2) If you have a lot of books (tick - we do) then you can never have enough boxes. More than three hardbacks in a box will render even the most buff removal chap unable to lift it. Spread books out if you can. It will mean that when you unpack at the other end you could potentially find Monty Don's Complete Gardener in your pants, or A Guide to the Universe in your 'fragile kitchen' but hey! Who doesn't like a teeny amount of chaotic packing?
3) Remember that if you purchase a bargain super pack of 33 boxes from Argos, you will in fact have 34 boxes because you will have the box the boxes came in. However, it is likely to be a useless box unless you are wanting to pack, for example, a valuable painting of the size 4 feet x 4 feet x 8 inches. Then it will be a marvellous freebie box!
4) Other people will donate boxes but only if you put out a whole staff email at your place of work. However, make it clear they are unlikely to have them returned, not from Shropshire anyway. This ensures you get boxes only from people who are not precious about their box ownership.
5) Before you start filling your boxes, check for cats. Remember the old adage: 'Where there's a box, there's a cat. Where there's a filled box, there's a squashed cat.' Special cat-in-boxes detectors are available. They are called 'hands.' Use in pairs if you can.
6) Before you pack an item in a box, drop it. If it cracks/ chips/ smashes into a gazzillion pieces you will need to wrap it in bubble wrap, tissue paper or the collection of newspaper you've been obsessively saving for the last 4 months. Other useful packing material includes blankets, duvets, cushions, sheets, cats.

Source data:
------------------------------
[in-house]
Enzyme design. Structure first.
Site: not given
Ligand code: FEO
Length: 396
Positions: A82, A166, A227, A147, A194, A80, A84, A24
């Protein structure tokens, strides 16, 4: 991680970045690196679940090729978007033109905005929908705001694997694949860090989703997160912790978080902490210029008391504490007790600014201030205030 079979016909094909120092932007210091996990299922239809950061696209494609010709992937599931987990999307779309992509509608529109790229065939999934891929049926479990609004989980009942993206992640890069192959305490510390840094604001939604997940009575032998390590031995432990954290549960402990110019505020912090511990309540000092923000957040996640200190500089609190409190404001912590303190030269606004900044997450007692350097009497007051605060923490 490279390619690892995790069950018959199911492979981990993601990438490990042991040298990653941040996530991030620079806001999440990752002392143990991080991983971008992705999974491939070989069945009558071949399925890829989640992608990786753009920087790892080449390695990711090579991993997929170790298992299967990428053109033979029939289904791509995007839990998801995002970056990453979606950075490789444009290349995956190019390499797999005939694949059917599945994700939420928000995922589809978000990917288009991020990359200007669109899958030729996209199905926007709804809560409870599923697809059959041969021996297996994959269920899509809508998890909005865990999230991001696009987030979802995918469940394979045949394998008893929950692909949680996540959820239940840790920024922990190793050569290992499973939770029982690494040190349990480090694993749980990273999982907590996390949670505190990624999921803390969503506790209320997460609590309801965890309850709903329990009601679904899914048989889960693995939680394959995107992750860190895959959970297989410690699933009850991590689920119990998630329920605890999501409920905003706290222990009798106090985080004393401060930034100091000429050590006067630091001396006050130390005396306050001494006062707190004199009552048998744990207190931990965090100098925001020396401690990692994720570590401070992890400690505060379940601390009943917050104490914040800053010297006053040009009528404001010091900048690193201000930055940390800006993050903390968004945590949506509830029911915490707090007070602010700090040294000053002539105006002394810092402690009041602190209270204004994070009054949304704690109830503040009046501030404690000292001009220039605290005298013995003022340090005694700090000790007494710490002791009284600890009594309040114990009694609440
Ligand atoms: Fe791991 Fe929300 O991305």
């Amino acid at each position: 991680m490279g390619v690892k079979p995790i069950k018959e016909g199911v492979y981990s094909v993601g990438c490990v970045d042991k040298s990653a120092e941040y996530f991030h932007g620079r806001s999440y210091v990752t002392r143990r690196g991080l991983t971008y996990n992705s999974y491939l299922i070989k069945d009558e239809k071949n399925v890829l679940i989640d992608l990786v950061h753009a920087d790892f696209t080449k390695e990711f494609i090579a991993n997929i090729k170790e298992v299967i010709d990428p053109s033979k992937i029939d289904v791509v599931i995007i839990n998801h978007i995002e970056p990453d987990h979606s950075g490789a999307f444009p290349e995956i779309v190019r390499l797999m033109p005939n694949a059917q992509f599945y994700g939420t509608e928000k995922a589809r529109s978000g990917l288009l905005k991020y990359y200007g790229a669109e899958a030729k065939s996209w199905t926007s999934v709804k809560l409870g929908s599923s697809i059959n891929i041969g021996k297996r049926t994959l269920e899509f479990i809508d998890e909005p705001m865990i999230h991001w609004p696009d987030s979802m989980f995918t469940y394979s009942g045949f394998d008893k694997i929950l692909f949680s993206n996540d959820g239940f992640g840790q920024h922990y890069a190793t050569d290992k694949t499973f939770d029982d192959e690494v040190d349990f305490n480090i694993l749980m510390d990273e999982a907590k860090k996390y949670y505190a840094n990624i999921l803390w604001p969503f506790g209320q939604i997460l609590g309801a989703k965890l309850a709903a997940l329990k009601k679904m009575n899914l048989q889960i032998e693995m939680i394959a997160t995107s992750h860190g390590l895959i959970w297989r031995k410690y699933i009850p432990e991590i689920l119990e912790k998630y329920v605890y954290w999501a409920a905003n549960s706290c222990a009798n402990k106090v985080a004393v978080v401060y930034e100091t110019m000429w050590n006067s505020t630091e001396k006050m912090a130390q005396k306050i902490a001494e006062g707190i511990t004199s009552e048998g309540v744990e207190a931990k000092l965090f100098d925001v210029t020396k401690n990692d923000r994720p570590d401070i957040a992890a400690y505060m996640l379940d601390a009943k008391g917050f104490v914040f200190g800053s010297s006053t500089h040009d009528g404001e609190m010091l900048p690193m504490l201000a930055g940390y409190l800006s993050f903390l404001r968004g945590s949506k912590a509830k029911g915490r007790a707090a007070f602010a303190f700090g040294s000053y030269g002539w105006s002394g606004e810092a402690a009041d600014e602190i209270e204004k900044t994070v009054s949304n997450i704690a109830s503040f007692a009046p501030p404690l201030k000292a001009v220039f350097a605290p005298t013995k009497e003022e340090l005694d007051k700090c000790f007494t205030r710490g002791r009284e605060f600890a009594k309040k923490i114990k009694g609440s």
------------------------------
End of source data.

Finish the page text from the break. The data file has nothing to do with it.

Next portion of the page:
7) Before you pack an item, ask yourself, 'Am I likely to want to steam vegetables/ watch the boxed set of Jam and Jerusalem/ machine sew a ballgown/ buster collar the cat/ cuddle this enormous 5 foot high bear/ read the biography of Beatrix Potter/ engage in futuristic play with a remote control Dalek any time AT ALL in the next 3 weeks?' If the answer is a firm 'No' then you are safe to pack away. Otherwise you might end up packing away something immediately useful. Like sellotape. Like I might have done yesterday.
8) Did I mention checking empty boxes for cats? Actually, it is also worth checking half full boxes for cats, too.
9) DO NOT be sidetracked into any sentimental behaviour. You should have indulged this process during the de-cluttering stage. Now is the time for efficiency and precision. For example, right now you should NOT be upstairs playing with a remote controlled Dalek when you should be dismantling shelving. Not that anyone at Much Malarkey Manor would be doing this. Heaven forfend.
10) When filling boxes, check sporadically that they can be lifted from the floor. On moving day, if the removal men comment the boxes are a little heavy, respond with, 'Well, I'm a fifty year old girly and I managed to lift them,' followed by an arched eyebrow stare. Shame is the name of the game. Make sure you get your money's worth of removal fees.
11) Be prepared to be a little emotional when you pack away paintings, photos and things that the grandchildren have made for you, and your home of the last 12 years start looking a bit bare and sounding a bit echoey. Stop for tea and cake and a good nose blow then continue onwards. Be glad for having a husband who has a heart that insists you keep your wedding dress even though your own head says it really ought to go to a charity shop. And be even more glad when your husband announces, 'I've packed your wedding dress!' then refuses to tell you where.
12) Be prepared to realise you'll miss the weirdest of things: the wallpaper in the living room, the tiles in the bathroom, the cobnut tree, the border of lavender you bought as 6 plants for £3 from B & Q six years ago that have done so well year after year. The atmosphere in your arty-crafty writing room. The patio.
13) Check boxes for cats.